"I still believe in the firsthand  physical encounter paradigm," Heller responded. "But a static location with a large overhead doesn’t seem the right model at this time. Even now, on a daily basis, our Chelsea gallery welcomes a steady stream of visitors. However, they are mostly students, visitors, and tourists, who are often asking if we are charging admission and only rarely the collectors, curators, and the public who actually support the gallery and our artists. While we have always put passion over profit, we are not a museum or a non-profit organization being underwritten by contributed income. And, last but not least, a sizable segment of the primary market has also been compromised by a soft/weak secondary market, and that has negatively affected the delicate balance on which we have operated (establishing a market for an artist helped eventually support our ability to take on new emerging artists and build a market for them, until their sales were able to support the next generation). We have always been family-owned and self-supporting."

In the end. it seems the economics of New York City real estate have finally reached a point where the art gallery business is becoming increasingly difficult, as noted earlier in the many galleries closing up shop besides Heller. And, indeed, Heller concurs.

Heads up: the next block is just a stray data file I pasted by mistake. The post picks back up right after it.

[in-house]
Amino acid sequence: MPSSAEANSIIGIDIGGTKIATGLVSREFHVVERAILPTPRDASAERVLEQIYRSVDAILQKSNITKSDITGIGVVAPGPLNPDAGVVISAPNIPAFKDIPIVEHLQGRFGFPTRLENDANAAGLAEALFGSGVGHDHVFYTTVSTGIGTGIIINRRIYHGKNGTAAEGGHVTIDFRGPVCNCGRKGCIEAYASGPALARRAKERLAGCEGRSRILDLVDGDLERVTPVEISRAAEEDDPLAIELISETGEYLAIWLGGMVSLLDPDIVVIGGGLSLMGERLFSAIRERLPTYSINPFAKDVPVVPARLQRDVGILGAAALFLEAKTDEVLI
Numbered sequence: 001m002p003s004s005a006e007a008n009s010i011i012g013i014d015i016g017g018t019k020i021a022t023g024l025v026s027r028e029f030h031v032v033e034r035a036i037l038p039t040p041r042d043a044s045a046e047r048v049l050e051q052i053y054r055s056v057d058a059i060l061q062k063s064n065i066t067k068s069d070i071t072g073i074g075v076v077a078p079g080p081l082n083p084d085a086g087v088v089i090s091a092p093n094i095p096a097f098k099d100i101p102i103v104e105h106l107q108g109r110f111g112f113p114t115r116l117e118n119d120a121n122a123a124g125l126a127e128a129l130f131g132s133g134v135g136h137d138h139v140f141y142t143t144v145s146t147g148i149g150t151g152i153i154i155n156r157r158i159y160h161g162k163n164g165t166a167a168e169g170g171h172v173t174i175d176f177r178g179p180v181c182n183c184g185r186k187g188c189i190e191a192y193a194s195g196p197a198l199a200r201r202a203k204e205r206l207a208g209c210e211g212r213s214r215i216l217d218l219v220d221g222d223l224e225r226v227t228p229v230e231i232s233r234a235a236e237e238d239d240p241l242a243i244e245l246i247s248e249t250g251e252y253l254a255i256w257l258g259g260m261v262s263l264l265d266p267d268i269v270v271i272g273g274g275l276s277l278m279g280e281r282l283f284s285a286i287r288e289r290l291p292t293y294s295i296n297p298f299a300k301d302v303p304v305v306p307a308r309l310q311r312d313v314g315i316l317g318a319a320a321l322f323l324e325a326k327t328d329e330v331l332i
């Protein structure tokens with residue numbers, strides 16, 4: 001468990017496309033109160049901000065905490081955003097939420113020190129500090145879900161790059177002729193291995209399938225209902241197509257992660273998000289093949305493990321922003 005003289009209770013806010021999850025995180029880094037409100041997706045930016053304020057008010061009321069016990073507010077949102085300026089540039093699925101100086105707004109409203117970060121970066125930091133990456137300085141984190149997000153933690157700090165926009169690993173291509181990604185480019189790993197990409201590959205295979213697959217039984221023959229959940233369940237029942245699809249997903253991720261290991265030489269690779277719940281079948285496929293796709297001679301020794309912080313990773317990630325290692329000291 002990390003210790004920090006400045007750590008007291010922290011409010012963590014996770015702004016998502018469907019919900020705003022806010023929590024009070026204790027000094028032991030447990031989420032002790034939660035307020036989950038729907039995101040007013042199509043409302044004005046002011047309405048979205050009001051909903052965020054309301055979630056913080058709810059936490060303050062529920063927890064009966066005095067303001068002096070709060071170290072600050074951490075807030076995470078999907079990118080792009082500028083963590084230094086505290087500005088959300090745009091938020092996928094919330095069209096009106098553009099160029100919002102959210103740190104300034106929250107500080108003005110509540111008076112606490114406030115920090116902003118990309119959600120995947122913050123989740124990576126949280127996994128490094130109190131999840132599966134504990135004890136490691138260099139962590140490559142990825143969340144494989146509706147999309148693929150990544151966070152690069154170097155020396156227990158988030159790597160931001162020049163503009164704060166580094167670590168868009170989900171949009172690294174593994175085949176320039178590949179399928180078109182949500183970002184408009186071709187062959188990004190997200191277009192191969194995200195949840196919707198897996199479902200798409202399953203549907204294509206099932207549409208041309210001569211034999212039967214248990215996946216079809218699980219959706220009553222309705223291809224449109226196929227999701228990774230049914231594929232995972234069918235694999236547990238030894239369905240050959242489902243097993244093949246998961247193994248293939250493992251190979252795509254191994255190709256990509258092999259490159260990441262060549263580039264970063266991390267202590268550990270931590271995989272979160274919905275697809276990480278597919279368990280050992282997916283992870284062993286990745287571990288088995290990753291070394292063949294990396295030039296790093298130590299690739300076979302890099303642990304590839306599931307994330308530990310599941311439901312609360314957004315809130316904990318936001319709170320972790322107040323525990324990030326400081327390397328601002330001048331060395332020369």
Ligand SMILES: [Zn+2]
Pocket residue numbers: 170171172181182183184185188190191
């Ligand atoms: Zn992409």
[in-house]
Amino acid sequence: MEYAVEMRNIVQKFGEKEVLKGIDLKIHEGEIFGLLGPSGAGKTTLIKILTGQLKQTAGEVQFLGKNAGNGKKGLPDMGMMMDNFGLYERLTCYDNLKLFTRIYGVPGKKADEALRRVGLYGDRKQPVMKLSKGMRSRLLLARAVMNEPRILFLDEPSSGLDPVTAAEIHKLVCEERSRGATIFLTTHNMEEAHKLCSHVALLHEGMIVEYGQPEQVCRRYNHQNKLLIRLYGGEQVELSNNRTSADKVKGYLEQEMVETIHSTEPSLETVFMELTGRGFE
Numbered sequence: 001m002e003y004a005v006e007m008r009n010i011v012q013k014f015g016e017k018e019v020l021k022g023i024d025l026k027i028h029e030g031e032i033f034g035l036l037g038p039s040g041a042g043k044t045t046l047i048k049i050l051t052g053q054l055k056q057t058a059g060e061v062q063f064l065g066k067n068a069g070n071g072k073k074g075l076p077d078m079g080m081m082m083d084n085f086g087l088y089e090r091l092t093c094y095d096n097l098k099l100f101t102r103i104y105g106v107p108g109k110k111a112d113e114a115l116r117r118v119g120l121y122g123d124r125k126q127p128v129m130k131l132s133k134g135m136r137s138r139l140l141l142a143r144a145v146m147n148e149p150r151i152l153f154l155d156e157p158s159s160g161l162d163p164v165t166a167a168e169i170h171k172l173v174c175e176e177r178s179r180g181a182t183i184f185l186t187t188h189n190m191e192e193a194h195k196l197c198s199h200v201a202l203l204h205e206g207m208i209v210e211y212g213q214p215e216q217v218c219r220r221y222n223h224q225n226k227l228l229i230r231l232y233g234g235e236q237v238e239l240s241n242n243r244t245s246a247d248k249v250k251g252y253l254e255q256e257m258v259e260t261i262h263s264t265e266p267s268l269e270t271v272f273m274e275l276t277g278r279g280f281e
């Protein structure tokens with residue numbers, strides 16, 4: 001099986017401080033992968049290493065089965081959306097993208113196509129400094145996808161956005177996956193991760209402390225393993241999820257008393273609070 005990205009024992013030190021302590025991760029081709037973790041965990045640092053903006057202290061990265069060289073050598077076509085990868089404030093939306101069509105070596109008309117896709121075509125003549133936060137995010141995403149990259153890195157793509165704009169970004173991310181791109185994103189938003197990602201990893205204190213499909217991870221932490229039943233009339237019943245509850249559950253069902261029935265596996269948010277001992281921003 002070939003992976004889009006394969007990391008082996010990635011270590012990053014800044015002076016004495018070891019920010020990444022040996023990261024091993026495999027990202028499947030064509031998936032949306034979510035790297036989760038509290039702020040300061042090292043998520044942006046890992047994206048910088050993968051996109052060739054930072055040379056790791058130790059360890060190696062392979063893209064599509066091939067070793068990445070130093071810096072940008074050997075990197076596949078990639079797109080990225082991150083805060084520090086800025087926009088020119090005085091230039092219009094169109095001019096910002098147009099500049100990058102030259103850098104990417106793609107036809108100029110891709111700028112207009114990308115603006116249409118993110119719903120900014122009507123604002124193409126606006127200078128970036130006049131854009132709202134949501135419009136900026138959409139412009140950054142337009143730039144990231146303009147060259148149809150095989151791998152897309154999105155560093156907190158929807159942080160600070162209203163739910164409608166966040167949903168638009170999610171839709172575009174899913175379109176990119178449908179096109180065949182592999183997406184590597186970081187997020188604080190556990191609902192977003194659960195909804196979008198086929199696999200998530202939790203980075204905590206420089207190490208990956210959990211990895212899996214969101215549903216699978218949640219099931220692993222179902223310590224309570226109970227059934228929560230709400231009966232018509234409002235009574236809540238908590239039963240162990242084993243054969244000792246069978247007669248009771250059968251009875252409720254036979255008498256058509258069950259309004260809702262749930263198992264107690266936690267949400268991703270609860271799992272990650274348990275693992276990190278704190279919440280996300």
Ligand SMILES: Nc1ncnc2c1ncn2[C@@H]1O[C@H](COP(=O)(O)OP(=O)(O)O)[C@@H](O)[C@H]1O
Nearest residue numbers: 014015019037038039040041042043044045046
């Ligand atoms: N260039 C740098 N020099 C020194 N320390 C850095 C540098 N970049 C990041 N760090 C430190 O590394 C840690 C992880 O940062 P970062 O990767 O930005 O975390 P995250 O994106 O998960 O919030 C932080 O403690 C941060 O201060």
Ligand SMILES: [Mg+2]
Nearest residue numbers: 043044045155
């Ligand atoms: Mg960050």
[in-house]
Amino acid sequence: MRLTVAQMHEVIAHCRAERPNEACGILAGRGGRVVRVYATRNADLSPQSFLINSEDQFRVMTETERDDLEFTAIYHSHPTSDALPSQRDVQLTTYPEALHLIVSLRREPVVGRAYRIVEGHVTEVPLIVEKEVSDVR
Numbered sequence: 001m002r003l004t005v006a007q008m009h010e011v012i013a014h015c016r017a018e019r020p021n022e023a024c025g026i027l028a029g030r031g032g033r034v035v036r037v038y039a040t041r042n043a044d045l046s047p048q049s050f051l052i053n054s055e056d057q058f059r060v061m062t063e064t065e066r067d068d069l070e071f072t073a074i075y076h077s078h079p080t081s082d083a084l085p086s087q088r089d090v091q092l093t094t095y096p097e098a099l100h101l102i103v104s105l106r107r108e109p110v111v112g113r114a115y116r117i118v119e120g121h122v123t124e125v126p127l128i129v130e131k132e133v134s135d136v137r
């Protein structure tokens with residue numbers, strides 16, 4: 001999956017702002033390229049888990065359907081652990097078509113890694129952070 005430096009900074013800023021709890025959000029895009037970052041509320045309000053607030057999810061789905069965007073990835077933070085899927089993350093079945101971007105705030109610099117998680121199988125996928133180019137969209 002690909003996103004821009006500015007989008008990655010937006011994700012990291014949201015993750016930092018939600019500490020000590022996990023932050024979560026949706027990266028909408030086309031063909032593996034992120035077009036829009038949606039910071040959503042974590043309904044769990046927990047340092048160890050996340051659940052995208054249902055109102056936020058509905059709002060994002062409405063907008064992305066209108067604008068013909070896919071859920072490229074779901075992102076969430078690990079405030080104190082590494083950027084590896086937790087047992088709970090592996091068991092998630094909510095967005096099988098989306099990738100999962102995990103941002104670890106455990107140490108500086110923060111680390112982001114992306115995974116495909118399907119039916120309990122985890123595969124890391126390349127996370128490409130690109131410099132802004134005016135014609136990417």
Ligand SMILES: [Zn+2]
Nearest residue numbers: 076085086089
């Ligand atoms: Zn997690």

"The cost of operating a brick and mortar space in NYC is extraordinary compared to most other places in the United States, and is now again exceeding pre-pandemic levels."

In addition, the impact of technology, so profoundly changed by the pandemic lock downs and extended shift to virtual seems to have made the art collecting public more comfortable to buy online and from dealers in other countries. In fact, many of Heller's sales have not only been outside of New York City, they've been outside the U.S.

"The glass world's buying habits have changed," Heller shared. "Many of the sales we make these days are to a community that is very widespread and engages with us primarily online. Over the past year we have made significant sales to collectors in the Czech Republic, the Netherlands, Israel, Switzerland, and Germany. None of these clients have ever set foot in our physical gallery."

To keep up with Heller Gallery's activities after the doors at 303 Tenth Avenue are locked on May 31st, visit the gallery at

Glass: The UrbanGlass Quarterly, a glossy art magazine published four times a year by UrbanGlass has provided a critical context to the most important artwork being done in the medium of glass for more than 40 years.